The UK is to send an unspecified number of M270 rocket launchers (Picture: MOD).
Ukraine

What military equipment has the UK sent Ukraine?

Britain has supplied a range of weapons, vehicles, technology and armour to help Ukrainians fight the Russian invasion.

The UK is to send an unspecified number of M270 rocket launchers (Picture: MOD).

The UK has provided thousands of anti-tank weapons to Ukraine's armed forces since Russia’s invasion in late February 2022.

Western countries began cautiously, supplying helmets and flak jackets, before limiting supplies to defensive weapons.

Just days ago, the Defence Secretary announced the UK will send its first multiple-launch rocket systems following news that Russia had attacked the outskirts of Kyiv for the first time since April.

Ben Wallace said Britain will send an unspecified number of M270 launchers, which can fire precision-guided rockets up to 50 miles – a longer range than any missile technology currently used in the war.

The M270 multiple-launch rocket system is among the most potent weapons used by the British Army.

Intended to counter the efforts of Russian artillery, it can unleash all of its 12 rockets in less than a minute, each 200-pound explosive warhead leaving behind what military author Martin J Dougherty describes as "hell".

But what has the UK sent so far?

More than 5,000 NLAW (Next generation Light Anti-tank Weapon) anti-tank missiles.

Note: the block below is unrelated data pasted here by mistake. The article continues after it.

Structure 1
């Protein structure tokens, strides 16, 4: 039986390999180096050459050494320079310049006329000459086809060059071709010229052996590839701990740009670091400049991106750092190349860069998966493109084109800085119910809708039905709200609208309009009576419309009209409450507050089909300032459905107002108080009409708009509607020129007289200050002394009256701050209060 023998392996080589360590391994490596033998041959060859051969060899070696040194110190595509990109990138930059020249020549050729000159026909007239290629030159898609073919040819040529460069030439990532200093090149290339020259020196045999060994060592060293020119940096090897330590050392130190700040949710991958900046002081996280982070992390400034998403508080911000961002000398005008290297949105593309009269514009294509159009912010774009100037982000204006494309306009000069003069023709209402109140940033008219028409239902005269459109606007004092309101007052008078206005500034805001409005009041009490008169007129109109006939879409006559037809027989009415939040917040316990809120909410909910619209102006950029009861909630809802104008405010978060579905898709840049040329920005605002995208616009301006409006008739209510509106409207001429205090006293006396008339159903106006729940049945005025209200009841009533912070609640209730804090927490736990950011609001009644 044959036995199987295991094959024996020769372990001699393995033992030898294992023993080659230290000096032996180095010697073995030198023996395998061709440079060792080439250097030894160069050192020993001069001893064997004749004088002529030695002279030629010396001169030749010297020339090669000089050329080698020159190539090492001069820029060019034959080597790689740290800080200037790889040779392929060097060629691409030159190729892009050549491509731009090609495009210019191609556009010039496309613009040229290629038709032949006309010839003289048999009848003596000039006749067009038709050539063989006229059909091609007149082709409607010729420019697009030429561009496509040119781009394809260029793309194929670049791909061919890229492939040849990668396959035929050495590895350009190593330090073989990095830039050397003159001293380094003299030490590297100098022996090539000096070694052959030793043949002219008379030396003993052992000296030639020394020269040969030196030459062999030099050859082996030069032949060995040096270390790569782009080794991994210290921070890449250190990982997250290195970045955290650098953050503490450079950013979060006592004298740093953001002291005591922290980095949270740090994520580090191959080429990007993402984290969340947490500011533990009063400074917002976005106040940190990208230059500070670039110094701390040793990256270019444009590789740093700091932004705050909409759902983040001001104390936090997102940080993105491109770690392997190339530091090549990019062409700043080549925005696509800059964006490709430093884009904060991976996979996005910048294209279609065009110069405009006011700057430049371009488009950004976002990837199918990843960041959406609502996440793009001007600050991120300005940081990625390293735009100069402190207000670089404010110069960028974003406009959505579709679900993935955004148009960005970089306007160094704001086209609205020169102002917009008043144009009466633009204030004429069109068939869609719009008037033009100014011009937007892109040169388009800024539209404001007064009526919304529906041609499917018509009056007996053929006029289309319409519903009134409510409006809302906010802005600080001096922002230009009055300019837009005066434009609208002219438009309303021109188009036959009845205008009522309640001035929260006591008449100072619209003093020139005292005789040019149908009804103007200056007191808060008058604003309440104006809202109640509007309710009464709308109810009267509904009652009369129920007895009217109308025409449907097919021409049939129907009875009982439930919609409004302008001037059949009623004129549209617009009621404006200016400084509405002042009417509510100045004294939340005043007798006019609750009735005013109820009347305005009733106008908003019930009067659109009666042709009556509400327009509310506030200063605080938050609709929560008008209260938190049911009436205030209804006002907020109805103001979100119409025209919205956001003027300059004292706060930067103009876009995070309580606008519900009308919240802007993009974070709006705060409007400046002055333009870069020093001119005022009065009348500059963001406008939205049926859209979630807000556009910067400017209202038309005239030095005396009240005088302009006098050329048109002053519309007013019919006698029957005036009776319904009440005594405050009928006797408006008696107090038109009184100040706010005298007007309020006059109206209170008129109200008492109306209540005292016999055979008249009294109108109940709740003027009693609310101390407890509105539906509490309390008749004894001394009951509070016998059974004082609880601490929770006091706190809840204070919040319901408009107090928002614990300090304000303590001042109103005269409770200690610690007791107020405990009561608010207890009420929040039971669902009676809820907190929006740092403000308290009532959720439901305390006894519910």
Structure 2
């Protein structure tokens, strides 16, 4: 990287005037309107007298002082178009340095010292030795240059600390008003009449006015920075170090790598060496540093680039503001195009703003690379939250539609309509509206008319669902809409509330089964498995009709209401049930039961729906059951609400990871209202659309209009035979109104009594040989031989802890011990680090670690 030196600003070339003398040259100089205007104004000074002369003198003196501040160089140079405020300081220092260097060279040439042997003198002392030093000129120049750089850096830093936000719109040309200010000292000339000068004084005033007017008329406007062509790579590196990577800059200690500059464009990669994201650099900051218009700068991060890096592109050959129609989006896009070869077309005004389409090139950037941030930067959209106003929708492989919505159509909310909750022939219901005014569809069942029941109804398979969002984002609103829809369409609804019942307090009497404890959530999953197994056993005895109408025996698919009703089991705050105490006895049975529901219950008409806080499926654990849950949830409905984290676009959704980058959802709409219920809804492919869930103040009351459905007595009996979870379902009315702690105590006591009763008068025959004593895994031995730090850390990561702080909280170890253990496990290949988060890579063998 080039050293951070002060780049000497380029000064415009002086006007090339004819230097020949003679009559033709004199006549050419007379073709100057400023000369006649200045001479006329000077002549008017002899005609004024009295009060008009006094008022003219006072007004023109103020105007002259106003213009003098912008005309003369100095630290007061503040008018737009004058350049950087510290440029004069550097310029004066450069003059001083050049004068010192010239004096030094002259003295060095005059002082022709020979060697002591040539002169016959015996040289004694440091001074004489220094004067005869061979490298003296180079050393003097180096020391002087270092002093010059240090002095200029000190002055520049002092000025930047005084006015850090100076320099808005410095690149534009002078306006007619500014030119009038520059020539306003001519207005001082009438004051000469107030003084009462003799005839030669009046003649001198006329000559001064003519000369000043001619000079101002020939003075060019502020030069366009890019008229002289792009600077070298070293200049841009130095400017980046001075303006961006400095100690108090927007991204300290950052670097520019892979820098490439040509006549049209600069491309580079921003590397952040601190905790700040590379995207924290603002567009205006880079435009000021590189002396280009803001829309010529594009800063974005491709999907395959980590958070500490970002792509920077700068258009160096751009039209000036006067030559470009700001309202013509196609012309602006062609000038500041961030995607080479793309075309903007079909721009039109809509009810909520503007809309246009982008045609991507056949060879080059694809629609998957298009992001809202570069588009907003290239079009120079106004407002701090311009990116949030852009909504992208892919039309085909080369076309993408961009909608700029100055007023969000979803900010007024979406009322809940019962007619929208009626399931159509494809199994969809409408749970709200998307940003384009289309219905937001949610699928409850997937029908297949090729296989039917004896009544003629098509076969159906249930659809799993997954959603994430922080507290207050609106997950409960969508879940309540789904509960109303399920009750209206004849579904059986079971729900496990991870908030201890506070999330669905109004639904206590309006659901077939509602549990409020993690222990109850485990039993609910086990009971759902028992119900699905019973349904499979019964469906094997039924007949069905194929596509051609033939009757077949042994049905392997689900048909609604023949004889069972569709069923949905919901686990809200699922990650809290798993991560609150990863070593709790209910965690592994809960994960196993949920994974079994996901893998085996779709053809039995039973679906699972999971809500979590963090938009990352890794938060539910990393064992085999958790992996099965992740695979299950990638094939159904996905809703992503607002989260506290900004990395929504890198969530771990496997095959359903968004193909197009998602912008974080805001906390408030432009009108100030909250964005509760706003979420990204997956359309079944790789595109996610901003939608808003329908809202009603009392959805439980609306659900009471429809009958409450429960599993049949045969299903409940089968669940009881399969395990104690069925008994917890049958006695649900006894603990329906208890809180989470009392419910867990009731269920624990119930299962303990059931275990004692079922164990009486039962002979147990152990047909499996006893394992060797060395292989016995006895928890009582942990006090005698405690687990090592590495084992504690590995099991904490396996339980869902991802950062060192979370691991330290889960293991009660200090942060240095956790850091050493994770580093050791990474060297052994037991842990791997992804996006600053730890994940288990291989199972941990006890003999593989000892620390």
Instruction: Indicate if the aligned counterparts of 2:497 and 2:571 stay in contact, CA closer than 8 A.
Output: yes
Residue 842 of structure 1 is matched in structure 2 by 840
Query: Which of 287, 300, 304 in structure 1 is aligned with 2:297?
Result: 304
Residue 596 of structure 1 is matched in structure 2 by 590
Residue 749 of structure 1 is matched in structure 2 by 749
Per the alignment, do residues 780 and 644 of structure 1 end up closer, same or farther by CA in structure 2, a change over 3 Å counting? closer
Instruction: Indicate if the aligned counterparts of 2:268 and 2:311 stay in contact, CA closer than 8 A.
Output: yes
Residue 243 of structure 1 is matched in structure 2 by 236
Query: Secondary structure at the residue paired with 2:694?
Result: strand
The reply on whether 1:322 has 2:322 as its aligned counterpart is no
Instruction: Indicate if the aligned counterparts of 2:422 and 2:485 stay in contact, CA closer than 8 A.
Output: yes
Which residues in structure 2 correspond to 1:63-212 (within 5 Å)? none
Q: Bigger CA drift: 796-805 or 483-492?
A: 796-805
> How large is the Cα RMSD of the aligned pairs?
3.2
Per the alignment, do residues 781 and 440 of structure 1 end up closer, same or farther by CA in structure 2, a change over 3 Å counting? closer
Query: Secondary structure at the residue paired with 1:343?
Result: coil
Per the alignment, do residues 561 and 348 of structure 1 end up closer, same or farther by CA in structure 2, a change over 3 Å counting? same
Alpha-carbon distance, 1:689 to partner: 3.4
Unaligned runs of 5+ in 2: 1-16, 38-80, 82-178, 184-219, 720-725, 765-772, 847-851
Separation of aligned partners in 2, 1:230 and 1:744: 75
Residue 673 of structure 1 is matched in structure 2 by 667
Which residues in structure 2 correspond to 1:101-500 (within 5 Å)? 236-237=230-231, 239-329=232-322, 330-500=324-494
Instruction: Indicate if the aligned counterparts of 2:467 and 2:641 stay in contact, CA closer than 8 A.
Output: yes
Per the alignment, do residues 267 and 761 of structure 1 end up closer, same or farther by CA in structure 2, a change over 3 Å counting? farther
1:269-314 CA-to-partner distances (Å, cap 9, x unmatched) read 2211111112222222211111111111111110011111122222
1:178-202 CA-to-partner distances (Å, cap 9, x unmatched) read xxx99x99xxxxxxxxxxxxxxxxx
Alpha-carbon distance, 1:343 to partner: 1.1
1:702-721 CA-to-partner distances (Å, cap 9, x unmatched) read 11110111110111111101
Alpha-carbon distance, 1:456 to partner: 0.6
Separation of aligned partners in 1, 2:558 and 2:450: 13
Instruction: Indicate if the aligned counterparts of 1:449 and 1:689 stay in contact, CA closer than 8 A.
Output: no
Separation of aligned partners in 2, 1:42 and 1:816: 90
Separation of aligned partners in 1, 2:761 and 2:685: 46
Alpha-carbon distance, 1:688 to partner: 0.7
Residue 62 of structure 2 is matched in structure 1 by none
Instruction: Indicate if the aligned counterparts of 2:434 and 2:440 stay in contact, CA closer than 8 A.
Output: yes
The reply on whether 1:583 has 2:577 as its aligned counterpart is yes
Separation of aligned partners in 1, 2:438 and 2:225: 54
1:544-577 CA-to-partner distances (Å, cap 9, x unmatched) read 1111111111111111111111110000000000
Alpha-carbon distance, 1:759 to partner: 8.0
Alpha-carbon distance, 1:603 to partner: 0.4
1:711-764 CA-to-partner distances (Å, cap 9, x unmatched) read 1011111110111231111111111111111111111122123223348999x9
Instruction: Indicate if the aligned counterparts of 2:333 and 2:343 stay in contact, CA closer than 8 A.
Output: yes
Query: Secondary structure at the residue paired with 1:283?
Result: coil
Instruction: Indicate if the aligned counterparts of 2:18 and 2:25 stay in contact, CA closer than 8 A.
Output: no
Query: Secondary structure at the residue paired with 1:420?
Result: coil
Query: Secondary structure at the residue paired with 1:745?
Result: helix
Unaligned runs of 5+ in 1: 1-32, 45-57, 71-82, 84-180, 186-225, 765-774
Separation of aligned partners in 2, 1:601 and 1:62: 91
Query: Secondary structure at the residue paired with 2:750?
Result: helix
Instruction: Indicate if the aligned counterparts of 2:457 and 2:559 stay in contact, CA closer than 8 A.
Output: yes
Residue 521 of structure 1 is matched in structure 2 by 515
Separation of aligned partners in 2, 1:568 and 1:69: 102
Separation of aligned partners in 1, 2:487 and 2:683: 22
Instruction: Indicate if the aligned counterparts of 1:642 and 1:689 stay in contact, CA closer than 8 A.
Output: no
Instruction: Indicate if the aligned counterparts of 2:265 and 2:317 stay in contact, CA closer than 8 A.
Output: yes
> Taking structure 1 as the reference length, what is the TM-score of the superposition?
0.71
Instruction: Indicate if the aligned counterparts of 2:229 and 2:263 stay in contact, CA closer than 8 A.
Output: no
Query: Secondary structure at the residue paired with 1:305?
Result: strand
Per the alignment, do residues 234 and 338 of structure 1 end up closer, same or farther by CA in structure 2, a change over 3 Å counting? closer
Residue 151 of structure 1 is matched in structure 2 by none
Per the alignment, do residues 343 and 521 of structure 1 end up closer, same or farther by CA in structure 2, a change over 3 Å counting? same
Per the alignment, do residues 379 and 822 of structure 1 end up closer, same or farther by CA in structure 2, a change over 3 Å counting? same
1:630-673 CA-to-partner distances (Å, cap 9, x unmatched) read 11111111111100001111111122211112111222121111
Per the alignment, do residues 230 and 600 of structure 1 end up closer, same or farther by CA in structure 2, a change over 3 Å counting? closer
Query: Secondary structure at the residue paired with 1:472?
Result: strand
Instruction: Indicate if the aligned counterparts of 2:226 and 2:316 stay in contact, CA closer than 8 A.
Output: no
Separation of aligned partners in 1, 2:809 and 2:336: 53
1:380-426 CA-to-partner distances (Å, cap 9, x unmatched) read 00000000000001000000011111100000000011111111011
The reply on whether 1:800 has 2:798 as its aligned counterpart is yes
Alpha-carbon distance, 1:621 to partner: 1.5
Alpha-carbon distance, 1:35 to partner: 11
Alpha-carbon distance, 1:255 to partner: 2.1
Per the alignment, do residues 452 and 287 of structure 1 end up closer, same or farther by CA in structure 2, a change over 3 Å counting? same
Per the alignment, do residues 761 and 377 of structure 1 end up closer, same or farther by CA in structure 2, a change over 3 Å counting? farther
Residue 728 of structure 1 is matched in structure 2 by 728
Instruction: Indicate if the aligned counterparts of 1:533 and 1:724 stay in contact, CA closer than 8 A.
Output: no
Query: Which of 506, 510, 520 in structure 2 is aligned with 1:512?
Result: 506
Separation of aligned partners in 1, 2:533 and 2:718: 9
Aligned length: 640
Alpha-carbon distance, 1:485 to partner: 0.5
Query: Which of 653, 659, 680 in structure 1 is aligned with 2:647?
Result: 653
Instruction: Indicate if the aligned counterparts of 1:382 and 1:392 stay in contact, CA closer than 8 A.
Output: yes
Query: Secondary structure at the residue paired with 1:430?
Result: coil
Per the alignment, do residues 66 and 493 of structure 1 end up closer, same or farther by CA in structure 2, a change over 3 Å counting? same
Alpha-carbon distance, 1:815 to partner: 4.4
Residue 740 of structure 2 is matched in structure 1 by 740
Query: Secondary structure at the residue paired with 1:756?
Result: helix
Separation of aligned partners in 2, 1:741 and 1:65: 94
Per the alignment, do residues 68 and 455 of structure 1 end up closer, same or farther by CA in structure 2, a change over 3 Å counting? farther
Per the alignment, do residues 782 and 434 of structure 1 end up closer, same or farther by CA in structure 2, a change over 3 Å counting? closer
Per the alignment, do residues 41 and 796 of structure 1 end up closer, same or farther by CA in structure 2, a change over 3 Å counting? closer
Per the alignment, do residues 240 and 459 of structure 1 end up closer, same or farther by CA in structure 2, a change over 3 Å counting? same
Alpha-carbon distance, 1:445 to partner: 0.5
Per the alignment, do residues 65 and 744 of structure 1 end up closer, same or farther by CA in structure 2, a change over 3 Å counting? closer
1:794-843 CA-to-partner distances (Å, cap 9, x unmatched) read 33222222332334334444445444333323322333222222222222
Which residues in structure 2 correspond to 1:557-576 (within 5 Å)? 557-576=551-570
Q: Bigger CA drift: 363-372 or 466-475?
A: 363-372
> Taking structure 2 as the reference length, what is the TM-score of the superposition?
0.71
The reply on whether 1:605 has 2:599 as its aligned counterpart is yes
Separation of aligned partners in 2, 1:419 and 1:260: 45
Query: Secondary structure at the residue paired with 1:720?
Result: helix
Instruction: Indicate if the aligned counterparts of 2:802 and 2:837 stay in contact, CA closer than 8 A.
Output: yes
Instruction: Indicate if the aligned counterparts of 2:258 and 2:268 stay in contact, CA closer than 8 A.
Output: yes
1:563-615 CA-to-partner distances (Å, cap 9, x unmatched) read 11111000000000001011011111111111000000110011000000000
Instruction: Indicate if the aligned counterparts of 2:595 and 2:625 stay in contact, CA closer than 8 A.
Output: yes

These have proved devastatingly effective against Russian armour.

More than 200 Javelin anti-tank missiles.

The Javelin is an extremely powerful shoulder-fired anti-armour system.

Heavier than the NLAW at 24.3kg, the "fire and forget" Javelin system allows the user to lock onto a target, fire and then focus on a different target, with a range of 2.5km.

120 armoured vehicles.

1,360 anti-structure munitions.

In pictures: Up close with weapons being used on Ukraine's frontline.

Stormer vehicles fitted with launchers for anti-air missiles like the Starstreak high-velocity anti-air weapons to help Ukrainians defend themselves against aerial bombings.

New anti-ship missile systems.

More than 400,000 rounds of small-arms munitions.

4.5 tonnes of plastic explosives.

More than 200,000 pieces of non-lethal aid including helmets, body armour, rangefinders and medical equipment.

Electronic warfare equipment including GPS jammers, counter battery radar systems and night vision equipment. 

Dozens of heavy lift UAV systems to provide logistical support to isolated forces.